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Using Command Aliases as Shortcuts

When troubleshooting performance problems on our campus backbone, we often need quick access to CPU and traffic stats; the commands can be lengthy, hard to remember (especially at 3:00 a.m.), and easily open to typos.

We use a lot of command aliases to provide quick shortcuts for complex commands. Here are a few examples from our core routers (Cat6513/Sup720/12.2(18)SXF5):

  • To check ARP traffic when we suspect an ARP storm, "alias exec arpstats show mls cef adjacency entry" lets us just type "arpstats 14" to see the ARP packet counts. (Note: The "arpstats" alias will need an entry number as an argument. In this example, "14" was used.)
  • To see the top CPU processes, "alias exec proc show processes cpu sorted | exclude 0.00% 0.00% 0.00%" lets us type "proc" to see a sorted list with all the minor ones excluded.

To find the interfaces handling the most traffic, a collection of aliases gives us quick access to the "collect top" commands:

  • "alias exec top collect top counters interface"
  • "alias exec top2 collect top counters interface layer-2"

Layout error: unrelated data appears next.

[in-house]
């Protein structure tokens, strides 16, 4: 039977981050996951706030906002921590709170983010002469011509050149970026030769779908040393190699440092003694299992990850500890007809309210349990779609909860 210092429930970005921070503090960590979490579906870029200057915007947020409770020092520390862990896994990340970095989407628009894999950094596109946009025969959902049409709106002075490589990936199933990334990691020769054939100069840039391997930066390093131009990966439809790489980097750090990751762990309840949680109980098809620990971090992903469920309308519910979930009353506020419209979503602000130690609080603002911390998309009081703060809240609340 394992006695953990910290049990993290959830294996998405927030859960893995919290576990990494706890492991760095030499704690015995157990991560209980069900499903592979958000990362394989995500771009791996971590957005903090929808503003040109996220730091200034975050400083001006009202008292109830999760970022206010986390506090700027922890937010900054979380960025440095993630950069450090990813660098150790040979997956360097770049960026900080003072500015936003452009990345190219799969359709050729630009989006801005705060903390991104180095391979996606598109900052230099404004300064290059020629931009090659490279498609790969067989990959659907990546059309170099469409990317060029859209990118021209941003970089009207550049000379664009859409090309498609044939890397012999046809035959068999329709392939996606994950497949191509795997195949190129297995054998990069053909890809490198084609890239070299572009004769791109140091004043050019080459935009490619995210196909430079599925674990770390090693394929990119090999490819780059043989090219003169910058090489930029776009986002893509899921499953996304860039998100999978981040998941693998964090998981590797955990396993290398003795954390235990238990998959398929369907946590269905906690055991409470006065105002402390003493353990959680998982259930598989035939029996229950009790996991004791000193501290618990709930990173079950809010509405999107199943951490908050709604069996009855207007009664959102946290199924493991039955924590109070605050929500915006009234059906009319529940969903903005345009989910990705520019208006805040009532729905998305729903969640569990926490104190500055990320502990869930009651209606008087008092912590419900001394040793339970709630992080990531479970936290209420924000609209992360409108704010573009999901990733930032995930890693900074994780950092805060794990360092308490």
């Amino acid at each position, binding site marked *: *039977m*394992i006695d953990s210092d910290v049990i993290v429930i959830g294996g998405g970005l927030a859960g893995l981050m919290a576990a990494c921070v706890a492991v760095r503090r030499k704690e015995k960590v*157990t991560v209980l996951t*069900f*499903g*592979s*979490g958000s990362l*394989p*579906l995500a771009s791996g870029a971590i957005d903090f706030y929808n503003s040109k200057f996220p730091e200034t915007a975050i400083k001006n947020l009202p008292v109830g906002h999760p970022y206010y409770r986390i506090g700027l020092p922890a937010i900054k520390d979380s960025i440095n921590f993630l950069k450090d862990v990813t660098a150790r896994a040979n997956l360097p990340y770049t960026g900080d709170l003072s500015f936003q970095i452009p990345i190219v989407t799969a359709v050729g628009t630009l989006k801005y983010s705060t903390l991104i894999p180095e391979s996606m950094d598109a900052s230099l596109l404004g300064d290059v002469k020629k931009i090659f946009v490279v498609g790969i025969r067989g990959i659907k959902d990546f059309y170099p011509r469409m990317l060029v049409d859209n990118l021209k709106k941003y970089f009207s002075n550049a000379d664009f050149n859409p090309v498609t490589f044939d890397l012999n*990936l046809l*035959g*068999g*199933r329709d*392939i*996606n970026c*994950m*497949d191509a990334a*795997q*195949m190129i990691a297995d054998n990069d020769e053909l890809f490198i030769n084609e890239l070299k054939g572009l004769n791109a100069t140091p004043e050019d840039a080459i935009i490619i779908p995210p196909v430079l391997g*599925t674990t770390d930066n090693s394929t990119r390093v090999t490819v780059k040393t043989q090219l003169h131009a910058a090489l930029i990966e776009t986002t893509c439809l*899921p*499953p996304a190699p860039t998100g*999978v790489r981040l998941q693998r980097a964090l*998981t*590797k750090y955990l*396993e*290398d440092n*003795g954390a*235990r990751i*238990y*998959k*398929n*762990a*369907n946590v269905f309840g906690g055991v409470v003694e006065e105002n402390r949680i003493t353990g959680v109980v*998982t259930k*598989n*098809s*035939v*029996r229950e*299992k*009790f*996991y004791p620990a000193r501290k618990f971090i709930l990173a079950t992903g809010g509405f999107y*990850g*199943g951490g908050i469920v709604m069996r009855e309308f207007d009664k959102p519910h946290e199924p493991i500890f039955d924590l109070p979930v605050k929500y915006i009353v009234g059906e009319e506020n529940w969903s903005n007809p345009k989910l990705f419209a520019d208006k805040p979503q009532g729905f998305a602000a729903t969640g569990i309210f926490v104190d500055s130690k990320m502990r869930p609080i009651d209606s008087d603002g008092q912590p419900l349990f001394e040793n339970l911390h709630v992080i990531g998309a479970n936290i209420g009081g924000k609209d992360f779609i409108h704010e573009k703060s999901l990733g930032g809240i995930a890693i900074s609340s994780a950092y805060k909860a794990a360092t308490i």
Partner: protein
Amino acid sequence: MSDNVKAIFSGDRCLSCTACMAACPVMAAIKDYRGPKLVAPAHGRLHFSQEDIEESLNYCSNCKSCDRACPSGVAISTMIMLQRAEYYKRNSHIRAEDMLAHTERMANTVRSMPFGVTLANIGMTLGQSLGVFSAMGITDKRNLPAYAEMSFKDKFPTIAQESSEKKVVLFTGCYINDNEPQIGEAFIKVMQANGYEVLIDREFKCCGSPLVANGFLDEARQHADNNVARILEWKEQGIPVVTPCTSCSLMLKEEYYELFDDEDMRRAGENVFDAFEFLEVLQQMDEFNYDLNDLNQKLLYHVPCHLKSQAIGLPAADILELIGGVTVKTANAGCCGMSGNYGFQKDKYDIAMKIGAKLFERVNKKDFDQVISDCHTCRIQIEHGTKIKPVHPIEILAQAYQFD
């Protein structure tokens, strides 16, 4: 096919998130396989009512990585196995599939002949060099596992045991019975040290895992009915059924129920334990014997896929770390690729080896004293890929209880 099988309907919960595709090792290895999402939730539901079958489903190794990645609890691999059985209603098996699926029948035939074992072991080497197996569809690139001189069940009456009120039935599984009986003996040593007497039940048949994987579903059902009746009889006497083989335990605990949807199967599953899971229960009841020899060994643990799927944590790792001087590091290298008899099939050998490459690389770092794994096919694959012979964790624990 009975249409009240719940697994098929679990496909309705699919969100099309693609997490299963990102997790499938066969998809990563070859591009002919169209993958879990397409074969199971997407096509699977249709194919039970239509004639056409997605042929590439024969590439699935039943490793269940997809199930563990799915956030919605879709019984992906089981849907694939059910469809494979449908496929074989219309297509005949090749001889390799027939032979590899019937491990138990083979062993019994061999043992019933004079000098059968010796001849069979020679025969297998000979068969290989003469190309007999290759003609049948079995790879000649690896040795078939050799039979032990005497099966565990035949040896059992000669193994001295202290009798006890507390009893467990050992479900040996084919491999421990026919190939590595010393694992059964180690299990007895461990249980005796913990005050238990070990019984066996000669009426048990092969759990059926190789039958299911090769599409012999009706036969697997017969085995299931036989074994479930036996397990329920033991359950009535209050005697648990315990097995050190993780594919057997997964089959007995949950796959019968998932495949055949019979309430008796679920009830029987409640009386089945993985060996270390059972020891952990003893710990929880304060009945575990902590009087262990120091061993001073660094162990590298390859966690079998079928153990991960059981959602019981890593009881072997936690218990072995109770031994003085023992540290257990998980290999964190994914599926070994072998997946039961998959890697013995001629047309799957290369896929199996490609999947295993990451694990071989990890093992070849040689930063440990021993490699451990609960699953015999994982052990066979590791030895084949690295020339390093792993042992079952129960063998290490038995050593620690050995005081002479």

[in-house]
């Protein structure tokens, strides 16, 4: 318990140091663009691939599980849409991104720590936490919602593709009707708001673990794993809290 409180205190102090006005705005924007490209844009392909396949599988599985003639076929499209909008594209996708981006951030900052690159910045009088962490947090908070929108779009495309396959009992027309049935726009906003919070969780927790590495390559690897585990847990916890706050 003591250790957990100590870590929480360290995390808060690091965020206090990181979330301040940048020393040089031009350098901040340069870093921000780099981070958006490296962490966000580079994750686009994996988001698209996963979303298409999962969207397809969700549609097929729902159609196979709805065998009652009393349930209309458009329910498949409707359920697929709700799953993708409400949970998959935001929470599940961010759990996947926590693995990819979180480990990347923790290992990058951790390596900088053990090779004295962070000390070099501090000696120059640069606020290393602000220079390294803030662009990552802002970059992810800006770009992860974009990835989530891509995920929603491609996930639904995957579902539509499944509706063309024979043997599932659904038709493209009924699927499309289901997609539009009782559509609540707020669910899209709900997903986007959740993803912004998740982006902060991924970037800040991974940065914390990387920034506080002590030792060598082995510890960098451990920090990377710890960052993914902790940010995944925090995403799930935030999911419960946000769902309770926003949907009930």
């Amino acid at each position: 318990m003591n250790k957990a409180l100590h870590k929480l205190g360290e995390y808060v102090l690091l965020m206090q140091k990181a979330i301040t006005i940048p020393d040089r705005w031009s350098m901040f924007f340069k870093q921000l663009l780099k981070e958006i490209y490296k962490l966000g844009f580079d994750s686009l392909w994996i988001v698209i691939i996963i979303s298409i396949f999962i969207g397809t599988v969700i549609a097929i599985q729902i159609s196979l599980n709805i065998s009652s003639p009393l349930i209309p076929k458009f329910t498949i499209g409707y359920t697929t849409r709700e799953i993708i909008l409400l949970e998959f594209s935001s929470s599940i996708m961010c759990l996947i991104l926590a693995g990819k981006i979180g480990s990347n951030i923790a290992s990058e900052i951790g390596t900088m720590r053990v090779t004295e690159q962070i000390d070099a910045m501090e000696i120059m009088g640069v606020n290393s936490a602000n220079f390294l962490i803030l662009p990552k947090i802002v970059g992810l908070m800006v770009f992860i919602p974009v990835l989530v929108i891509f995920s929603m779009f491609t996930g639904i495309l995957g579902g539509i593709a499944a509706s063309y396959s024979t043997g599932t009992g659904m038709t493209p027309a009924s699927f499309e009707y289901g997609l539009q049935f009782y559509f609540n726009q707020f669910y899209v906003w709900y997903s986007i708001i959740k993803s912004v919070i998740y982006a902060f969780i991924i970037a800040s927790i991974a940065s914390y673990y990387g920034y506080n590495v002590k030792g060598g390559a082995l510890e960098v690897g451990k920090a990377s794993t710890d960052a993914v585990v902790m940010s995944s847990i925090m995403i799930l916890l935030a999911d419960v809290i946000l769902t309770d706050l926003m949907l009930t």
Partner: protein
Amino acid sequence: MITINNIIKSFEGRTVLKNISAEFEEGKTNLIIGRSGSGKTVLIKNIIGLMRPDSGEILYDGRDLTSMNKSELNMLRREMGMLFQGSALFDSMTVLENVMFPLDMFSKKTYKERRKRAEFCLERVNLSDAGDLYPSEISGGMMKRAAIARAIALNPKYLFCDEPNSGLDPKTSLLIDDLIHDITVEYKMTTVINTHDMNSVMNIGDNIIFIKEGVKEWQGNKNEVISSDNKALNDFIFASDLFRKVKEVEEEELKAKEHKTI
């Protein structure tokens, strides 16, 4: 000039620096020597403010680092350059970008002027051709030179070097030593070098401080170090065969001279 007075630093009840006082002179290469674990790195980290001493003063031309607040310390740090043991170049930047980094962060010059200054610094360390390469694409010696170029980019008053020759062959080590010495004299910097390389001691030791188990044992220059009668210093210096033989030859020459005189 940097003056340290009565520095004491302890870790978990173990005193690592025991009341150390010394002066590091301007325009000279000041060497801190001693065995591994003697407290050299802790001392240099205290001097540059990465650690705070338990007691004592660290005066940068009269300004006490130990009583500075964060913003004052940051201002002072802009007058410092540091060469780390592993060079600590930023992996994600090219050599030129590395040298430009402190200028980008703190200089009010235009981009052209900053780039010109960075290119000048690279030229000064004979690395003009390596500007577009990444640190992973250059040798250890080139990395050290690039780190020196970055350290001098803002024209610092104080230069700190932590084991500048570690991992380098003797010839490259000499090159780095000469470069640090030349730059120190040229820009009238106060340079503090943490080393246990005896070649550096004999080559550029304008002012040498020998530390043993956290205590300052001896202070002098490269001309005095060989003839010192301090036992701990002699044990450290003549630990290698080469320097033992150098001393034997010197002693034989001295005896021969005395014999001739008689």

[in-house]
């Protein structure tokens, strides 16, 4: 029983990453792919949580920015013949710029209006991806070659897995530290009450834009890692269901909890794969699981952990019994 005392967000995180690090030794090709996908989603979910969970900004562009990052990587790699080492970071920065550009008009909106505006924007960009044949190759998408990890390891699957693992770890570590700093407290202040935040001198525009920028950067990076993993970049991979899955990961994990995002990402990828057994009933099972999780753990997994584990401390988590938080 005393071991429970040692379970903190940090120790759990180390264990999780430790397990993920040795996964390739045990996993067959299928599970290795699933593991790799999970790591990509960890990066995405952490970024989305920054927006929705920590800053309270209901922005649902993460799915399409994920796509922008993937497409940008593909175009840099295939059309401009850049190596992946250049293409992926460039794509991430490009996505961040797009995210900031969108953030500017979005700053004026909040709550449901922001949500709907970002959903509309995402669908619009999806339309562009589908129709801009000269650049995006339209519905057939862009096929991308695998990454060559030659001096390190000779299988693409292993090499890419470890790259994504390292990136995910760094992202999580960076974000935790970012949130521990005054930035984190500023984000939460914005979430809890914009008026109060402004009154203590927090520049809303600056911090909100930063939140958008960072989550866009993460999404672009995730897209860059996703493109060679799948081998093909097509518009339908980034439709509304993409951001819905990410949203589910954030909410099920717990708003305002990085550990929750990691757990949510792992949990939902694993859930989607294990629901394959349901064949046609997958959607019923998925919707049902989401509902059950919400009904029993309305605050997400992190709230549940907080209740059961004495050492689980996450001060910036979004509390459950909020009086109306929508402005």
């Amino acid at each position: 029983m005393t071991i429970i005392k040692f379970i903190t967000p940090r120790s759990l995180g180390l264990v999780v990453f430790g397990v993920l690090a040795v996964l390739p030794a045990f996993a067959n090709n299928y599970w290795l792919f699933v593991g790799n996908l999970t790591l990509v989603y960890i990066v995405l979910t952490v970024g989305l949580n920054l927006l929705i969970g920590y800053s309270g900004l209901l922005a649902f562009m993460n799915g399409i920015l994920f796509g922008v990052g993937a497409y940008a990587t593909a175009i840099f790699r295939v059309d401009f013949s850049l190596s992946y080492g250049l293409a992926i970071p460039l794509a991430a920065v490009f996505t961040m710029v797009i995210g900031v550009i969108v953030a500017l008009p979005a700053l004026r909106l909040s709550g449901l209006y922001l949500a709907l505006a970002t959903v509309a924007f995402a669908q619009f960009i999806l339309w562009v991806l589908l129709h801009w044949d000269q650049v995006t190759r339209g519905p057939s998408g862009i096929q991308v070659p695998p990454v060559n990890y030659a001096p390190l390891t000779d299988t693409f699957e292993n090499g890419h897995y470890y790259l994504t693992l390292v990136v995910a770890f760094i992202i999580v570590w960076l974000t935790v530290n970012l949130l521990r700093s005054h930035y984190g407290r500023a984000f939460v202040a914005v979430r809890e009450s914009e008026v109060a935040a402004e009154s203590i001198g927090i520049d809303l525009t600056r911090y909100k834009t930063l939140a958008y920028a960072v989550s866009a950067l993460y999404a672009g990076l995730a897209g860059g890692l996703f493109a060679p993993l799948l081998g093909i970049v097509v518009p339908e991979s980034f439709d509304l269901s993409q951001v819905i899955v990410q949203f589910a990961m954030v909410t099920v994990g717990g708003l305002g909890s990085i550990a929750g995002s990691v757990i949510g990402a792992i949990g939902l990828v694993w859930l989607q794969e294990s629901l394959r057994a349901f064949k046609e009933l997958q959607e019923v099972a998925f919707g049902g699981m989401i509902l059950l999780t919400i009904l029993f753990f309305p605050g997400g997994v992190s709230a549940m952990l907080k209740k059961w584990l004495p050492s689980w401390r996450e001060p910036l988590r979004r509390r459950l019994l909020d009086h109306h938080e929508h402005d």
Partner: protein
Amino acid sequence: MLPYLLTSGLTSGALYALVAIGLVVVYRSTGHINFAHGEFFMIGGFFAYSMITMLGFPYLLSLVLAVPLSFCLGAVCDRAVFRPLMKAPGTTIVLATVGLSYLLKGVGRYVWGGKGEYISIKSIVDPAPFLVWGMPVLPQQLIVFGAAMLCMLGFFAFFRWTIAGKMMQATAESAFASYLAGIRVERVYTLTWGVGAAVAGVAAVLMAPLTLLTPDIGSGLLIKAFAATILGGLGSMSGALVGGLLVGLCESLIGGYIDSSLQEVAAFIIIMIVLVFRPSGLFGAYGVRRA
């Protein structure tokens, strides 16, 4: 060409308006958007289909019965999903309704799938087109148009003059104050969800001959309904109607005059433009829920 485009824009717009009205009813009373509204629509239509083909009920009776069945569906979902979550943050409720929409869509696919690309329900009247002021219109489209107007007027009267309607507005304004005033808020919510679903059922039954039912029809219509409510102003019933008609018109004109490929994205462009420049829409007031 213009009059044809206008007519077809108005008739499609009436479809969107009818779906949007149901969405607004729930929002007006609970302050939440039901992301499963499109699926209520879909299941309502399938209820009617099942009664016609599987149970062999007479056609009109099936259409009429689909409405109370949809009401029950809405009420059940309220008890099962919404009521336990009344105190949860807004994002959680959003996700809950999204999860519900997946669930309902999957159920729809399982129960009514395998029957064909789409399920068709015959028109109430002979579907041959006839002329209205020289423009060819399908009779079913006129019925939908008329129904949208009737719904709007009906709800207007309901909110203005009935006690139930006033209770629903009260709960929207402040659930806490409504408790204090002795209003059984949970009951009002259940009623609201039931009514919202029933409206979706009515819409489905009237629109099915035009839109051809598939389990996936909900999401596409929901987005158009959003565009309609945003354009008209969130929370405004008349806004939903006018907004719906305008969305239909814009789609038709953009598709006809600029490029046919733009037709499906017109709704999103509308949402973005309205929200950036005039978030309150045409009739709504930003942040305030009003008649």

• "alias exec top3 collect top counters interface layer-3"
  • "alias exec topa collect top counters interface all"
  • "alias exec shotop show top counters interface report"
  • "alias exec notop clear top counters interface report"

And, of course, to see all of the aliases that we've defined, we do this: "alias exec alias show alias"

I'm sure you can think of other useful aliases to simplify and speed up your troubleshooting.

-Kurt Hillig, University of Michigan, Ann Arbor, Michigan, USA

The "collect top counters interface" command does require an argument when used. Also, the CLI help still works just as well as it does for any use of the IOS CLI. So, typing "top ?" gives you a list of the valid arguments and also expands the alias for you.

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